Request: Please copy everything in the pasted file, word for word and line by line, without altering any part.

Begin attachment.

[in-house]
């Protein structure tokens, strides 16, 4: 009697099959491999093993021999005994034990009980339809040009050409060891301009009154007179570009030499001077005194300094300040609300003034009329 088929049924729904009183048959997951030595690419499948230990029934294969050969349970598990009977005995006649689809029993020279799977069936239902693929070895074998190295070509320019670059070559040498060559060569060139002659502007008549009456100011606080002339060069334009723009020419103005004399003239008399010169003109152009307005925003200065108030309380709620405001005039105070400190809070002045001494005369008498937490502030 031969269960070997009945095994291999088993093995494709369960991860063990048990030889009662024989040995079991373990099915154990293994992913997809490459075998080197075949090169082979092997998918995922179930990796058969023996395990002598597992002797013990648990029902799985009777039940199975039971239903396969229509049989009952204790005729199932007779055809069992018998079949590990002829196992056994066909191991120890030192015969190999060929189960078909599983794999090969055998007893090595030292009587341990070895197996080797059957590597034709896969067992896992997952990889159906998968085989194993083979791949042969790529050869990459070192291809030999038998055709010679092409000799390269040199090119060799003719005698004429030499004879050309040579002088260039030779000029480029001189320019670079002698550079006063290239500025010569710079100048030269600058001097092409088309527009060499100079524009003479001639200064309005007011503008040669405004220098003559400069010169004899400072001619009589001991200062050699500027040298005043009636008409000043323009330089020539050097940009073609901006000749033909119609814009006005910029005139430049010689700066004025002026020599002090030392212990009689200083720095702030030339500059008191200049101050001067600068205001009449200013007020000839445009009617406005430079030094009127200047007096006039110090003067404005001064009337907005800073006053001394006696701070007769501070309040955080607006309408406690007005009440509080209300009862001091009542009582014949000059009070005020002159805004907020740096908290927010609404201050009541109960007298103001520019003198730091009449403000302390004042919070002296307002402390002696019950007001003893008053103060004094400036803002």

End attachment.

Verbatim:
[in-house]
């Protein structure tokens, strides 16, 4: 009697099959491999093993021999005994034990009980339809040009050409060891301009009154007179570009030499001077005194300094300040609300003034009329 088929049924729904009183048959997951030595690419499948230990029934294969050969349970598990009977005995006649689809029993020279799977069936239902693929070895074998190295070509320019670059070559040498060559060569060139002659502007008549009456100011606080002339060069334009723009020419103005004399003239008399010169003109152009307005925003200065108030309380709620405001005039105070400190809070002045001494005369008498937490502030 031969269960070997009945095994291999088993093995494709369960991860063990048990030889009662024989040995079991373990099915154990293994992913997809490459075998080197075949090169082979092997998918995922179930990796058969023996395990002598597992002797013990648990029902799985009777039940199975039971239903396969229509049989009952204790005729199932007779055809069992018998079949590990002829196992056994066909191991120890030192015969190999060929189960078909599983794999090969055998007893090595030292009587341990070895197996080797059957590597034709896969067992896992997952990889159906998968085989194993083979791949042969790529050869990459070192291809030999038998055709010679092409000799390269040199090119060799003719005698004429030499004879050309040579002088260039030779000029480029001189320019670079002698550079006063290239500025010569710079100048030269600058001097092409088309527009060499100079524009003479001639200064309005007011503008040669405004220098003559400069010169004899400072001619009589001991200062050699500027040298005043009636008409000043323009330089020539050097940009073609901006000749033909119609814009006005910029005139430049010689700066004025002026020599002090030392212990009689200083720095702030030339500059008191200049101050001067600068205001009449200013007020000839445009009617406005430079030094009127200047007096006039110090003067404005001064009337907005800073006053001394006696701070007769501070309040955080607006309408406690007005009440509080209300009862001091009542009582014949000059009070005020002159805004907020740096908290927010609404201050009541109960007298103001520019003198730091009449403000302390004042919070002296307002402390002696019950007001003893008053103060004094400036803002």